Privacy is a central focus in Android 10, from stronger protections in the platform to new features designed with privacy in mind. Building on previous releases, Android 10 includes extensive changes to protect privacy and give users more control, with improved system UI, stricter permissions, and restrictions on what data apps can use. See the privacy changes for details on how to support these in your apps.

Users can now choose to grant access to location when the app is in the foreground.

Giving users more control over location data - Users have more control over their location data through a new permission option -- they can now allow an app to access location only while the app is actually in use (running in the foreground). For most apps, this provides a sufficient level of access, while for users it’s a big improvement in transparency and control. To learn more about location changes, see the developer guide or our blog post.

Protecting location data in network scans - Most of the APIs for scanning networks already required the coarse location permission. Android 10 increases the protection around those APIs by requiring the fine location permission instead.

Preventing device tracking - Apps can no longer access non-resettable device identifiers that could be used for tracking, including device IMEI, serial number, and similar identifiers. The device's MAC address is also randomized when connected to Wi-Fi networks by default. Read the best practices to help you choose the right identifiers for your use case, and see the details here.

Securing user data in external storage - Android 10 introduces a number of changes to give users more control over files in external storage and the app data within them. Apps can store their own files in their private sandboxes, but must use MediaStore to access shared media files and use the system file picker to access shared files in the new Downloads collection. Learn more here.

Blocking unwanted interruptions - Android 10 prevents app launches from the background that unexpectedly jump into the foreground and take over focus from another app. Learn more here.


Android 10 introduces a number of features that keep users more secure through advances in encryption, platform hardening, and authentication. Read more about Android 10 security updates here.

Storage encryption - All compatible devices launching with Android 10 are required to encrypt user data, and to make this more efficient, Android 10 includes Adiantum, our new encryption mode.

TLS 1.3 by default - Android 10 also enables TLS 1.3 by default, a major revision to the TLS standard with performance benefits and enhanced security.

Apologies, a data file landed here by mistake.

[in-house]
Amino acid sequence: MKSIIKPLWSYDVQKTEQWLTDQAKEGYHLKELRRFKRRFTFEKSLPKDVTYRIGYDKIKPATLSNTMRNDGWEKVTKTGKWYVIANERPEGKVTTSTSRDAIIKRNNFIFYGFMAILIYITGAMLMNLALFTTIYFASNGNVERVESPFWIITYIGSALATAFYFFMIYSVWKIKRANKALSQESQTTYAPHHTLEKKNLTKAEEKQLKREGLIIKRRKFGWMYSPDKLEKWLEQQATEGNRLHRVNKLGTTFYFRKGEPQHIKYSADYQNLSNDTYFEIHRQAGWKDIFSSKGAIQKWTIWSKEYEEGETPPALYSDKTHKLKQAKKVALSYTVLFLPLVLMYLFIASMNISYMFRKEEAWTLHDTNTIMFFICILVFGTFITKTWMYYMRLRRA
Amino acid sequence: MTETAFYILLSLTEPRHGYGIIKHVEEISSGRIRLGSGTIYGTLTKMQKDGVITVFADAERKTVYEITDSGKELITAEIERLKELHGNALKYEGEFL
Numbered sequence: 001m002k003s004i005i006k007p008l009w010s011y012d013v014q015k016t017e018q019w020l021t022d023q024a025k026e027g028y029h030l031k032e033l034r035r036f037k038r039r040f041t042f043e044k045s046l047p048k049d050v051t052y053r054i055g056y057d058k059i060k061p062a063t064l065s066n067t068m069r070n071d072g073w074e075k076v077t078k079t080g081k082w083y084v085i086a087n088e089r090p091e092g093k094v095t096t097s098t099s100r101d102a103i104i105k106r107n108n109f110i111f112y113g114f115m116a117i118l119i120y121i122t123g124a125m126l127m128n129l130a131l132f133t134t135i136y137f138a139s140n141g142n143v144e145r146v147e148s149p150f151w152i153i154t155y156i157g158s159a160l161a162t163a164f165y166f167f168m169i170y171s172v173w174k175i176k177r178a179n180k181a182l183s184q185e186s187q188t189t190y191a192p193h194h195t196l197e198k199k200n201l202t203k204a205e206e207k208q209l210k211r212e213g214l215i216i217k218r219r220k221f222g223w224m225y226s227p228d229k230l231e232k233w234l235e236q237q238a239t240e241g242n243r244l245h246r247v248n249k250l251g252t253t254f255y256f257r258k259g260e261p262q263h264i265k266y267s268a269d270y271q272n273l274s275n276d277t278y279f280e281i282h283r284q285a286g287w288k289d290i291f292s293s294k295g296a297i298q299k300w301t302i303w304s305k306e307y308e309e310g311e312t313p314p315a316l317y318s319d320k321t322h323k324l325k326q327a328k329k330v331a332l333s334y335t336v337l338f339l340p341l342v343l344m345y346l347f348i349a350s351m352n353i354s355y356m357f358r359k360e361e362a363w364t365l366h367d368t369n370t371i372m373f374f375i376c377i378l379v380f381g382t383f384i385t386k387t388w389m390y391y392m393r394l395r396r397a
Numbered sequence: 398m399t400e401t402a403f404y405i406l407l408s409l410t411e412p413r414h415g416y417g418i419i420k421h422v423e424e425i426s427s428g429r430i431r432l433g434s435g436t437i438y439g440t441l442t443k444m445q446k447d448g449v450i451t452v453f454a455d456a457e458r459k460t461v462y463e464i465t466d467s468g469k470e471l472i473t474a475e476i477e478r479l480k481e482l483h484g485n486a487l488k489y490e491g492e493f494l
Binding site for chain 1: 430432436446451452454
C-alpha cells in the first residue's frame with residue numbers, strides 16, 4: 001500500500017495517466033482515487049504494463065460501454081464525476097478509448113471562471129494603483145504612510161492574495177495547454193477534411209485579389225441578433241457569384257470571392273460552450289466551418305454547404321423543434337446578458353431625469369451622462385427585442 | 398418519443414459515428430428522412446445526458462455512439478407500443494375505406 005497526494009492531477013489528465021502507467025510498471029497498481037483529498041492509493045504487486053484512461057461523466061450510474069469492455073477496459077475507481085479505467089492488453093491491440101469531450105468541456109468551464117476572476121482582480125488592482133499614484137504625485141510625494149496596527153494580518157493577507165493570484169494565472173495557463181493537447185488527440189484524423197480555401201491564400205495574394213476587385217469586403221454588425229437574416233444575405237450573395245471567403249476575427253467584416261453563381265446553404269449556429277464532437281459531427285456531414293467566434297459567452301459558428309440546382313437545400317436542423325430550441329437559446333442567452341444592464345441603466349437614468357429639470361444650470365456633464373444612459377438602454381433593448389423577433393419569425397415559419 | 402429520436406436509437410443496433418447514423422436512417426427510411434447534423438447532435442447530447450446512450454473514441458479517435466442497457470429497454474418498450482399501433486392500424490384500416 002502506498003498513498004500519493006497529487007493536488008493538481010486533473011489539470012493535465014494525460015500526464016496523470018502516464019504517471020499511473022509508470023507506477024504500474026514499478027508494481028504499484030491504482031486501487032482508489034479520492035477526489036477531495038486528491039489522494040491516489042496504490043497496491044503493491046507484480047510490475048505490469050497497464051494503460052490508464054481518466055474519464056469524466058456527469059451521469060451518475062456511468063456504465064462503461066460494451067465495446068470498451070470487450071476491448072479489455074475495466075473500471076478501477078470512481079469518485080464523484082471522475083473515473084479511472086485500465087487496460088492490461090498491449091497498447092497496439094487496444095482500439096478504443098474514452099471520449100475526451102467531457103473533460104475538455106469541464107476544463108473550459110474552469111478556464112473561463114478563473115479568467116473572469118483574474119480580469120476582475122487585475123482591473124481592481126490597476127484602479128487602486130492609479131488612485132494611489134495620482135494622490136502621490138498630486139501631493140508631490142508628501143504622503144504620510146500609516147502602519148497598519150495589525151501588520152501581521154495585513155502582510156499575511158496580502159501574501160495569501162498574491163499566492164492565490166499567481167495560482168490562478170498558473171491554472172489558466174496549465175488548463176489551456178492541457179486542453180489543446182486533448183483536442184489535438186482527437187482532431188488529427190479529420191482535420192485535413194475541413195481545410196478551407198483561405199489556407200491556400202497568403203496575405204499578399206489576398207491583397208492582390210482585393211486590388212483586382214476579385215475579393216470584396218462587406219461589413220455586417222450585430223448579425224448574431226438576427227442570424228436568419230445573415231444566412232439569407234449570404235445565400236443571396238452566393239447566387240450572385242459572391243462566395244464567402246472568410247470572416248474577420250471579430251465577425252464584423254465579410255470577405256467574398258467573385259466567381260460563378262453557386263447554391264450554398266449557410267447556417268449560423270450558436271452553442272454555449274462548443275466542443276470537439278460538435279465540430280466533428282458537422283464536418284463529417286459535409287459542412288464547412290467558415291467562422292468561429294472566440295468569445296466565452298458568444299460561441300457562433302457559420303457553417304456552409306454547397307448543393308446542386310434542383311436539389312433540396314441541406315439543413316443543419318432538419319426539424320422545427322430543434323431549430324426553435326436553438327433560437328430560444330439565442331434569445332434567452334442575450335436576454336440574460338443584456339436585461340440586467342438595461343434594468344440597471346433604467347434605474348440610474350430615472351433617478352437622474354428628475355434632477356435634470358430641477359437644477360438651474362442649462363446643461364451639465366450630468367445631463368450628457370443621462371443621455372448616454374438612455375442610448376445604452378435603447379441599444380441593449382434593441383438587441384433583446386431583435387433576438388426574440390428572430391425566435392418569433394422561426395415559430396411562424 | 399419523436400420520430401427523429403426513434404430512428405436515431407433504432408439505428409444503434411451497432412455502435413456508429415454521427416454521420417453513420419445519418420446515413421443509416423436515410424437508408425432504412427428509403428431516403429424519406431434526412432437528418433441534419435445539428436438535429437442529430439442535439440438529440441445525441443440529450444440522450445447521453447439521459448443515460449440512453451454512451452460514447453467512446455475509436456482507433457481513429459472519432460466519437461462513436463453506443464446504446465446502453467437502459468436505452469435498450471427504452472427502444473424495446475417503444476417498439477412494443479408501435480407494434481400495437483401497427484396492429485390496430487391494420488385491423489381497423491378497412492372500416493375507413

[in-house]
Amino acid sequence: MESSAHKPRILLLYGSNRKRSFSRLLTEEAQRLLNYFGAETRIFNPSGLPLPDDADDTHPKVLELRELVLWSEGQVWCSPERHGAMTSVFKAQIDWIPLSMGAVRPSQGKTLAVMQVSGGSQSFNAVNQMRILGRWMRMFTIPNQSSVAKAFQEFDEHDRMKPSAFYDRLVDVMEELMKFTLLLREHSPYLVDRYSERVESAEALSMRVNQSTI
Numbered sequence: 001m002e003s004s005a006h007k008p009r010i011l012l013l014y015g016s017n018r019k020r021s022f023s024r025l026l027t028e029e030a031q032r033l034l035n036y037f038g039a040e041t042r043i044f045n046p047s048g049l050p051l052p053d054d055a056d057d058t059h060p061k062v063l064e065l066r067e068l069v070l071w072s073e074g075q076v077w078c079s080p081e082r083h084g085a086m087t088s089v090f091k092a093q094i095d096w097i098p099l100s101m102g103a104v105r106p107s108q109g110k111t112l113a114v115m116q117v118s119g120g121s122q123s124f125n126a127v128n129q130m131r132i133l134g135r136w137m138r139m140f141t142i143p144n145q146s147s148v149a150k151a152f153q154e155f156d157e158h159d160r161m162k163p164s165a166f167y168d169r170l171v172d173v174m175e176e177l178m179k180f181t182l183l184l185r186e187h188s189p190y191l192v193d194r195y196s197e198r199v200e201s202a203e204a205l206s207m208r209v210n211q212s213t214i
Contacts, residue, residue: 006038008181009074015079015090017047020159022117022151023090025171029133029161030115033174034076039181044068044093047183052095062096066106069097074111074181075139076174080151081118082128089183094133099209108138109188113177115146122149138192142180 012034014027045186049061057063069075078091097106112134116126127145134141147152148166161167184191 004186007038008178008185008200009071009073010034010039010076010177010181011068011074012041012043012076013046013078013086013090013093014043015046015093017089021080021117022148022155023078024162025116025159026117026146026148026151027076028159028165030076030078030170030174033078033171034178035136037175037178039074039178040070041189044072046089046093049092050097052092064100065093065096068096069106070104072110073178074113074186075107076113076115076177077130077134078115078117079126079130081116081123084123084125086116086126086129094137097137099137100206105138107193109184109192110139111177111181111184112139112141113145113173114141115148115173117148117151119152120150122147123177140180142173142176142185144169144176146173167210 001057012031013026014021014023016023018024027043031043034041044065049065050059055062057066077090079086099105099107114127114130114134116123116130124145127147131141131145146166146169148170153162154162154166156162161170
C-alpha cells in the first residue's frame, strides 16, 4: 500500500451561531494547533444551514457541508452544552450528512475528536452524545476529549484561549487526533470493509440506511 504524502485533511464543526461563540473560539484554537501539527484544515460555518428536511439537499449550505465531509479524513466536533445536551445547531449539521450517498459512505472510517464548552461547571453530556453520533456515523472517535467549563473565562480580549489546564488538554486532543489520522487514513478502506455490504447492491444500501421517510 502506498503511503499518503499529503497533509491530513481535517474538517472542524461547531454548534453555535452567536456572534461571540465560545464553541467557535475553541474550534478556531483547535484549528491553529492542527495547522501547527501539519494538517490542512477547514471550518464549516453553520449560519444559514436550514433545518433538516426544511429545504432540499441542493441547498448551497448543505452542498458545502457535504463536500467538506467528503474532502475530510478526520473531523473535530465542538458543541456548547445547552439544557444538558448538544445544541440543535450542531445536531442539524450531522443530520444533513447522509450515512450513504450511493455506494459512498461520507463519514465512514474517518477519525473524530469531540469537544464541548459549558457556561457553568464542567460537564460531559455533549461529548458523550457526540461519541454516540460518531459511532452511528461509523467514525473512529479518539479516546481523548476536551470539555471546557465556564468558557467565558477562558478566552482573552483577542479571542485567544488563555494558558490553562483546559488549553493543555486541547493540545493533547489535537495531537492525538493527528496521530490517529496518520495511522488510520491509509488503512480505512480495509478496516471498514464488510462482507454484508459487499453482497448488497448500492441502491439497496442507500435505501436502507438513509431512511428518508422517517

Platform hardening - Android 10 also includes hardening for several security-critical areas of the platform.

Improved Biometrics - Android 10 extends the BiometricPrompt framework to support passive authentication methods such as face, and adding implicit and explicit authentication flows. In the explicit flow, the user must explicitly confirm the transaction in the TEE during the authentication. The implicit flow is designed for a lighter-weight alternative for transactions with passive authentication. Android 10 also improves the fallback for device credentials when needed. Learn more here.

Camera and media

Dynamic depth for photos

Apps can now request a Dynamic Depth image, which consists of a JPEG, XMP metadata related to depth related elements, and a depth and confidence map embedded in the same file. These let you offer specialized blurs and bokeh options in your app. Dynamic Depth is an open format for the ecosystem and we're working with our partners to bring it to devices running Android 10 and later.

With Dynamic Depth image you can offer specialized blurs and bokeh options in your app.

Audio playback capture

Now any app that plays audio can let other apps capture its audio stream using a new audio playback capture API. In addition to enabling captioning and subtitles, the API lets you support popular use-cases like live-streaming games. We’ve built this new capability with privacy and copyright protection in mind, so the ability for an app to capture another app's audio is constrained, giving apps full control over whether their audio streams can be captured. Read more in this blog post.

New audio and video codecs

Android 10 adds support for the open source video codec AV1, which allows media providers to stream high quality video content to Android devices using less bandwidth. In addition, Android 10 supports audio encoding using Opus - an open, royalty-free codec optimized for speech and music streaming - and HDR10+ for high dynamic range video on devices that support it. The MediaCodecInfo API introduces an easier way to determine the video rendering capabilities of an Android device. For any given codec, you can obtain a list of supported sizes and frame rates.


For apps that perform their audio processing in C++, Android 10 introduces a native MIDI API to communicate with MIDI devices through the NDK. This API allows MIDI data to be retrieved inside an audio callback using a non-blocking read, enabling low latency processing of MIDI messages. Give it a try with the sample app and source code here.

Directional, zoomable microphones